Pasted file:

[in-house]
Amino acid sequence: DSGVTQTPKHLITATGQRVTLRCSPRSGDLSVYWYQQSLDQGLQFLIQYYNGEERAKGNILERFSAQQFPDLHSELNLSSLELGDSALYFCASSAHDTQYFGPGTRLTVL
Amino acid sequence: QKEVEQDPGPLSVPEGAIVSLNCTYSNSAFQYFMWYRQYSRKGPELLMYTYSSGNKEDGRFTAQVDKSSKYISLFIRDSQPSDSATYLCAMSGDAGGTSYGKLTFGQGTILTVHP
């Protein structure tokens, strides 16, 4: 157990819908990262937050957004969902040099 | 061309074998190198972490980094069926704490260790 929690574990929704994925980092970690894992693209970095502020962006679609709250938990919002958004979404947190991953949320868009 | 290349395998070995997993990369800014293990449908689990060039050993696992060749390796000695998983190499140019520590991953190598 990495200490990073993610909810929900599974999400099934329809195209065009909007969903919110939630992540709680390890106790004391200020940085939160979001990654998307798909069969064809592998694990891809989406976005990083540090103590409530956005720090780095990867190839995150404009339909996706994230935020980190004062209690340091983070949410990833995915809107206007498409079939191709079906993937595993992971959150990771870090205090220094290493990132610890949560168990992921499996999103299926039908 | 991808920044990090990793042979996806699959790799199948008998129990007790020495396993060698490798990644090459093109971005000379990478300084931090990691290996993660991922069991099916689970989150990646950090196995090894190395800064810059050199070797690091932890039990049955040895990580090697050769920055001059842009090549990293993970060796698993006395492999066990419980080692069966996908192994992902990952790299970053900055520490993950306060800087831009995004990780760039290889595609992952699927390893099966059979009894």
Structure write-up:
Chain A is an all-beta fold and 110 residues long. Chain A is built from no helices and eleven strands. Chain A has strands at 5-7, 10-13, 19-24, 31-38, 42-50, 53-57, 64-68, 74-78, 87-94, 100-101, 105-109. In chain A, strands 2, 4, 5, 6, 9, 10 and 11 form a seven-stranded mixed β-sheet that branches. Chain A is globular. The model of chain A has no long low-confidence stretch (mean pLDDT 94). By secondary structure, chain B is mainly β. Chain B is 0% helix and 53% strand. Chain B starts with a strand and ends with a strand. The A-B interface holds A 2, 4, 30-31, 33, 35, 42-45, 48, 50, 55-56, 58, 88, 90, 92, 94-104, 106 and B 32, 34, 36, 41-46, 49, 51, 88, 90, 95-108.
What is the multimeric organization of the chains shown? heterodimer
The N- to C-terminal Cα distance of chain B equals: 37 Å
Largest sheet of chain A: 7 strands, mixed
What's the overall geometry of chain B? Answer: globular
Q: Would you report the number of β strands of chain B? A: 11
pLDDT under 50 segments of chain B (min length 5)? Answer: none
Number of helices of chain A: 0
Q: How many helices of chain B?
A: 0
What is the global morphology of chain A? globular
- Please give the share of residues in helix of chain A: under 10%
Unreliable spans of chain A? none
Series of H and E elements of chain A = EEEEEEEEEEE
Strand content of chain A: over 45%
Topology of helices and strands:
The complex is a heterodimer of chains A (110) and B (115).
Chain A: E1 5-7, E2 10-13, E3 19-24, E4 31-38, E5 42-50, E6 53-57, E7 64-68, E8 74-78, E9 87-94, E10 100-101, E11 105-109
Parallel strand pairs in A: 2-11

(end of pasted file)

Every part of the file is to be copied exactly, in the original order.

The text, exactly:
[in-house]
Amino acid sequence: DSGVTQTPKHLITATGQRVTLRCSPRSGDLSVYWYQQSLDQGLQFLIQYYNGEERAKGNILERFSAQQFPDLHSELNLSSLELGDSALYFCASSAHDTQYFGPGTRLTVL
Amino acid sequence: QKEVEQDPGPLSVPEGAIVSLNCTYSNSAFQYFMWYRQYSRKGPELLMYTYSSGNKEDGRFTAQVDKSSKYISLFIRDSQPSDSATYLCAMSGDAGGTSYGKLTFGQGTILTVHP
């Protein structure tokens, strides 16, 4: 157990819908990262937050957004969902040099 | 061309074998190198972490980094069926704490260790 929690574990929704994925980092970690894992693209970095502020962006679609709250938990919002958004979404947190991953949320868009 | 290349395998070995997993990369800014293990449908689990060039050993696992060749390796000695998983190499140019520590991953190598 990495200490990073993610909810929900599974999400099934329809195209065009909007969903919110939630992540709680390890106790004391200020940085939160979001990654998307798909069969064809592998694990891809989406976005990083540090103590409530956005720090780095990867190839995150404009339909996706994230935020980190004062209690340091983070949410990833995915809107206007498409079939191709079906993937595993992971959150990771870090205090220094290493990132610890949560168990992921499996999103299926039908 | 991808920044990090990793042979996806699959790799199948008998129990007790020495396993060698490798990644090459093109971005000379990478300084931090990691290996993660991922069991099916689970989150990646950090196995090894190395800064810059050199070797690091932890039990049955040895990580090697050769920055001059842009090549990293993970060796698993006395492999066990419980080692069966996908192994992902990952790299970053900055520490993950306060800087831009995004990780760039290889595609992952699927390893099966059979009894």
Structure write-up:
Chain A is an all-beta fold and 110 residues long. Chain A is built from no helices and eleven strands. Chain A has strands at 5-7, 10-13, 19-24, 31-38, 42-50, 53-57, 64-68, 74-78, 87-94, 100-101, 105-109. In chain A, strands 2, 4, 5, 6, 9, 10 and 11 form a seven-stranded mixed β-sheet that branches. Chain A is globular. The model of chain A has no long low-confidence stretch (mean pLDDT 94). By secondary structure, chain B is mainly β. Chain B is 0% helix and 53% strand. Chain B starts with a strand and ends with a strand. The A-B interface holds A 2, 4, 30-31, 33, 35, 42-45, 48, 50, 55-56, 58, 88, 90, 92, 94-104, 106 and B 32, 34, 36, 41-46, 49, 51, 88, 90, 95-108.
What is the multimeric organization of the chains shown? heterodimer
The N- to C-terminal Cα distance of chain B equals: 37 Å
Largest sheet of chain A: 7 strands, mixed
What's the overall geometry of chain B? Answer: globular
Q: Would you report the number of β strands of chain B? A: 11
pLDDT under 50 segments of chain B (min length 5)? Answer: none
Number of helices of chain A: 0
Q: How many helices of chain B?
A: 0
What is the global morphology of chain A? globular
- Please give the share of residues in helix of chain A: under 10%
Unreliable spans of chain A? none
Series of H and E elements of chain A = EEEEEEEEEEE
Strand content of chain A: over 45%
Topology of helices and strands:
The complex is a heterodimer of chains A (110) and B (115).
Chain A: E1 5-7, E2 10-13, E3 19-24, E4 31-38, E5 42-50, E6 53-57, E7 64-68, E8 74-78, E9 87-94, E10 100-101, E11 105-109
Parallel strand pairs in A: 2-11